Arthur Gill. (b.1887): Purpose and Audience

Leeds 1900
Arthur’s days of familiarity as a child in 1900s

“Whole districts have been demolished and re-built, and one get the impression of living in another town altogether. But changes are inevitable, and we ourselves change as the years go by – let us “hope for the better.”

LEEDS 1954
Arthur recalls desolation and change.

Something which is very inspiring about Arthur’s writing was his ability not to dwell on the hardships he faced. In his memoir he touches briefly on his emotional breakdown, however does not go into explicit detail. This is something which is very intriguing, although Arthur’s memoir is quite factual in his account of life. Of course, we the reader can guess how he must have been feeling at each point, one does feel that Arthur’s approach to writing his memoir was a very English ‘stiff upper lip’ approach.

Arthur’s life was a relatively happy one, he had down spells such as his emotional breakdown and leaving his young family for war, these difficult periods in Arthur’s life must have prompted a lot of mixed emotions, however Arthur very much kept his emotions in check throughout his memoir, never giving too much away. Making one wonder, who was the memoirs really intended for? Who was Gill’s intended audience?

There is real sense of nostalgia within the memoirs; Arthur is recalling memories from what seems like a better time, speaking of days that have passed with a sense of romanticism. Was Arthur writing for the next generation, giving us a piece of his life, and era? Was Arthur allowing the reader to step into his world, if only for a short period?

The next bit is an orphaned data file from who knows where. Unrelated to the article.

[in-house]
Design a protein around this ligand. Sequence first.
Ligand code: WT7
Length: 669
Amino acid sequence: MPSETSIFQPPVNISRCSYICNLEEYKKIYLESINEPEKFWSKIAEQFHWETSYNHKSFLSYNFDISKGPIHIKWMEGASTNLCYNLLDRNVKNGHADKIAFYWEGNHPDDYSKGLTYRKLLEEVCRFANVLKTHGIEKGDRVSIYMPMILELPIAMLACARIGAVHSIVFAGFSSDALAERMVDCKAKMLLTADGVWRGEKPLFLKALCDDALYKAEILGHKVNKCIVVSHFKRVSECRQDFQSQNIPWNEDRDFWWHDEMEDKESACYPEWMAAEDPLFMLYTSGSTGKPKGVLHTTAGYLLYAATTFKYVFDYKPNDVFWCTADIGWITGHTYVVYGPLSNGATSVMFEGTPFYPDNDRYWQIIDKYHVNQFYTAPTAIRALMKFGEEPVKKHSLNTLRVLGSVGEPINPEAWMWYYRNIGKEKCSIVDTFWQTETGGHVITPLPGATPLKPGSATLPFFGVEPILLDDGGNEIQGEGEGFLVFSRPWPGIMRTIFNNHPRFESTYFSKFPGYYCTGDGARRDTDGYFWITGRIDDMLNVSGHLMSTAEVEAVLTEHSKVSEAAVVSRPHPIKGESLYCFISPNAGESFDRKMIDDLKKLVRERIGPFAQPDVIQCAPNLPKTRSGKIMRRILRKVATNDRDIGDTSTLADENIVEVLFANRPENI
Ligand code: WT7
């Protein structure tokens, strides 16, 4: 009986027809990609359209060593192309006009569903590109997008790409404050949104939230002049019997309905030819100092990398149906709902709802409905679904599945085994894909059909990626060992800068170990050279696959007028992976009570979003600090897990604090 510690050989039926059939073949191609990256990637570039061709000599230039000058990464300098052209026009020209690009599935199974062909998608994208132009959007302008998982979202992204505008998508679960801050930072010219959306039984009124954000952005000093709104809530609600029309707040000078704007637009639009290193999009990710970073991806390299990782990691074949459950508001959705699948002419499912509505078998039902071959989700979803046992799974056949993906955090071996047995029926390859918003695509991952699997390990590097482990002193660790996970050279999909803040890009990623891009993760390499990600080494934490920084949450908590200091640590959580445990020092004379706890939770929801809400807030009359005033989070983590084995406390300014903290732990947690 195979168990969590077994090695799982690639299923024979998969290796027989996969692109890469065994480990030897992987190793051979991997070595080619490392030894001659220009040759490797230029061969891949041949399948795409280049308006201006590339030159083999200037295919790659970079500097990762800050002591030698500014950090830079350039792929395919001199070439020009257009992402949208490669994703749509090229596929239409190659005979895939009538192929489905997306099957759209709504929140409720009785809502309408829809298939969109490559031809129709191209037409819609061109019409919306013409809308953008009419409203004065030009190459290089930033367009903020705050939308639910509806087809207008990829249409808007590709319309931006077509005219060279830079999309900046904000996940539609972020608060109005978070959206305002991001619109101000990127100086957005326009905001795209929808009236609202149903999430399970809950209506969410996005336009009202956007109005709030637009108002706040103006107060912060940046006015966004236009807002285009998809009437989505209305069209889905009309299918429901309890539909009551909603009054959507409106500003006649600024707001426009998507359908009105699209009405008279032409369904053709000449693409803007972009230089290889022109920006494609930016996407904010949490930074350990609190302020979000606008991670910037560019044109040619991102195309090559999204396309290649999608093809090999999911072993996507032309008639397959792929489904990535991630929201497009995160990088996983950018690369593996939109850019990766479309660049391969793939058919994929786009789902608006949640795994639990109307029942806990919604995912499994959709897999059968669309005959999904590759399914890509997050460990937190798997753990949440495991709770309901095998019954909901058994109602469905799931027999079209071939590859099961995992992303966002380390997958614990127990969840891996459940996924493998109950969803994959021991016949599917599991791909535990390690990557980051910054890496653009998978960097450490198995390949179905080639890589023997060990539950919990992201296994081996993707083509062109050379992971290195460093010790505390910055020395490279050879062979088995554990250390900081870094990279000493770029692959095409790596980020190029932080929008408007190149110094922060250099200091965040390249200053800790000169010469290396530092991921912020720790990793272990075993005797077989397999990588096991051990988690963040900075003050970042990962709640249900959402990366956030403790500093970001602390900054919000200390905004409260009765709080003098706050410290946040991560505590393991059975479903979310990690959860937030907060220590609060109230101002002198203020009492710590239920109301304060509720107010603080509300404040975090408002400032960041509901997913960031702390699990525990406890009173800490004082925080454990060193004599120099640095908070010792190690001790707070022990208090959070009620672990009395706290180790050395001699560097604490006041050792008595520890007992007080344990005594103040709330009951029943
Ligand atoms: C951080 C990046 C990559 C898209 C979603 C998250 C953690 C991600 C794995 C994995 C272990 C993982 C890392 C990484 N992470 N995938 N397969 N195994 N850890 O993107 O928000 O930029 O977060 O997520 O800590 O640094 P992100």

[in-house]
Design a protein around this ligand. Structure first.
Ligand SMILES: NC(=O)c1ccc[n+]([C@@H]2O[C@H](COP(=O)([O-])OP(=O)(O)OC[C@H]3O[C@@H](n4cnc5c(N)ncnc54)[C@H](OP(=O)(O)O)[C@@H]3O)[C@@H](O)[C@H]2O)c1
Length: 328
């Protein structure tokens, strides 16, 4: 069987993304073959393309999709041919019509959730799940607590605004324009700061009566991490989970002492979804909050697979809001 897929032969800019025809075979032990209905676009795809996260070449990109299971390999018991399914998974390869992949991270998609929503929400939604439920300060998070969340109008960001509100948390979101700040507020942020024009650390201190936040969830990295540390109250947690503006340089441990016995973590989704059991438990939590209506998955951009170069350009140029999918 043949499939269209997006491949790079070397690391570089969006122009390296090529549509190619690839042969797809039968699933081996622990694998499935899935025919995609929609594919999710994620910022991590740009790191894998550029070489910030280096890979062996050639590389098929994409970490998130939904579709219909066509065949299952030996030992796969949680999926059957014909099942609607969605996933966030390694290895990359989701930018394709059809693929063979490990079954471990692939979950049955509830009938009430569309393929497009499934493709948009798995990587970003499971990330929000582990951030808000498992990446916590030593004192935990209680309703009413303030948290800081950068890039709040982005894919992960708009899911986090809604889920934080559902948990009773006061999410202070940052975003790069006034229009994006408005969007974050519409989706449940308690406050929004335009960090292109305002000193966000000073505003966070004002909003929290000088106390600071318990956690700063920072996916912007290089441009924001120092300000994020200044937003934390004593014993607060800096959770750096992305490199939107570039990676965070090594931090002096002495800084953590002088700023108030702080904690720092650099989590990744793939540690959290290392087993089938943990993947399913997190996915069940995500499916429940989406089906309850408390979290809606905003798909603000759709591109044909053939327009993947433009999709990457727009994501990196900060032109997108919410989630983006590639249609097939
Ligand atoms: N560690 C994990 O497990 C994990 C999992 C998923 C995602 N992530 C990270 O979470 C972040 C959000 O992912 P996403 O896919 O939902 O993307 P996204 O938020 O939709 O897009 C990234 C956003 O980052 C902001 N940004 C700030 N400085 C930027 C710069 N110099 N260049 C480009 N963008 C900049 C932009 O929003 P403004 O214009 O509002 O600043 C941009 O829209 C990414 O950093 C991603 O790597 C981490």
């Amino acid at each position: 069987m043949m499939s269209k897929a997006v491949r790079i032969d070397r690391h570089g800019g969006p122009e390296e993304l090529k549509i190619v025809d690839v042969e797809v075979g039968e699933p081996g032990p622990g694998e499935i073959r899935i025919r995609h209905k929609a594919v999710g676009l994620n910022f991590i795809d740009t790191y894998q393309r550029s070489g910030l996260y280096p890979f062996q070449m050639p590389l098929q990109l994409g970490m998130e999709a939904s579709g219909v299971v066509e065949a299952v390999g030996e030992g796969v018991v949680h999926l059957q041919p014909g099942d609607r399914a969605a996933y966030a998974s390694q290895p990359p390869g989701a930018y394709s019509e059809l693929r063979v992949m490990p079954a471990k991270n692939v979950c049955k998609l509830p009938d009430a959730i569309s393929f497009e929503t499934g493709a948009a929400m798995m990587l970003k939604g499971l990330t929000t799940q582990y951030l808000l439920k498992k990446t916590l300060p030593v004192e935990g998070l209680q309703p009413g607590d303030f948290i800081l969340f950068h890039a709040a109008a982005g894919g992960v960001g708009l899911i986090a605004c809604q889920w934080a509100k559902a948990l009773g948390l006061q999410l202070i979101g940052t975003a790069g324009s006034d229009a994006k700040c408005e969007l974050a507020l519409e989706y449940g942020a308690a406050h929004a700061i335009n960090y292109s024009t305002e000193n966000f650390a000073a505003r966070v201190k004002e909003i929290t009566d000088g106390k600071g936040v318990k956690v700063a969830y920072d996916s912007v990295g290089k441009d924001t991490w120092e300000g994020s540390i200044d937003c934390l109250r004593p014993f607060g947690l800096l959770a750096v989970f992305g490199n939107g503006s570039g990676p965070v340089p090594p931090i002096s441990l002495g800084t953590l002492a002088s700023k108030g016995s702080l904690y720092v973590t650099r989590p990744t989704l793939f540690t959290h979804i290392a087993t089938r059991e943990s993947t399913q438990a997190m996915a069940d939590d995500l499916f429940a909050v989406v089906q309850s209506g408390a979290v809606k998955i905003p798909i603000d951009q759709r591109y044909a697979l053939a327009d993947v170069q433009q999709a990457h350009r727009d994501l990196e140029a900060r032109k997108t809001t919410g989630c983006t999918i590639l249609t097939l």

Even Arthur’s recollections of war were not overtly unpleasant, but there is a sense of loneliness as Arthur recalls writing to Ellen. More so as he waits for his unit to be ‘demobbed’ before Christmas 1916, those particular memories for the reader displayed a sense of seclusion and isolation.

WW1 - lonely
‘Ellen has kept these two little epistles all these years as keep sakes, and it is amusing to read again my flowery language to my lady- love.’ (P.74)

Nonetheless, those memories although marred by loneliness were not necessarily unpleasant, which makes the reader question, was he writing for himself? Trying to recapture the happiness of past memories, to hold and cherish one last time.

There is one aspect of Arthur’s life which displays a more emotional side, when Arthur writes about his wife Ellen. Arthur’s love for her is very evident, his constant in a world of uncertainties and war. Arthur recalls memories of himself and his wife with a great deal of fondness and love.

Old love letter
One of Arthur’s joys was re-reading his ‘flowery language of love’ he sent to Ellen throughout their life together. Their love kept him going through his lonely years at war.

A real working class hero, Arthur’s life was made up and characterised by many different things, aspects and people. An ordinary man, with a reasonable education, and a good grasp of language lived his life the way he wanted. ‘Reminisces of a cobbler’s son’ is the story of Arthur’s life told aloud for all to read, in a relatable manner, our narrator reminds himself of his ups and downs, the goods and the bad, and imparts his wisdom to us. Perhaps to Arthur his writing was for everyone, his memoir was his legacy and a gift to the generation to come.

 

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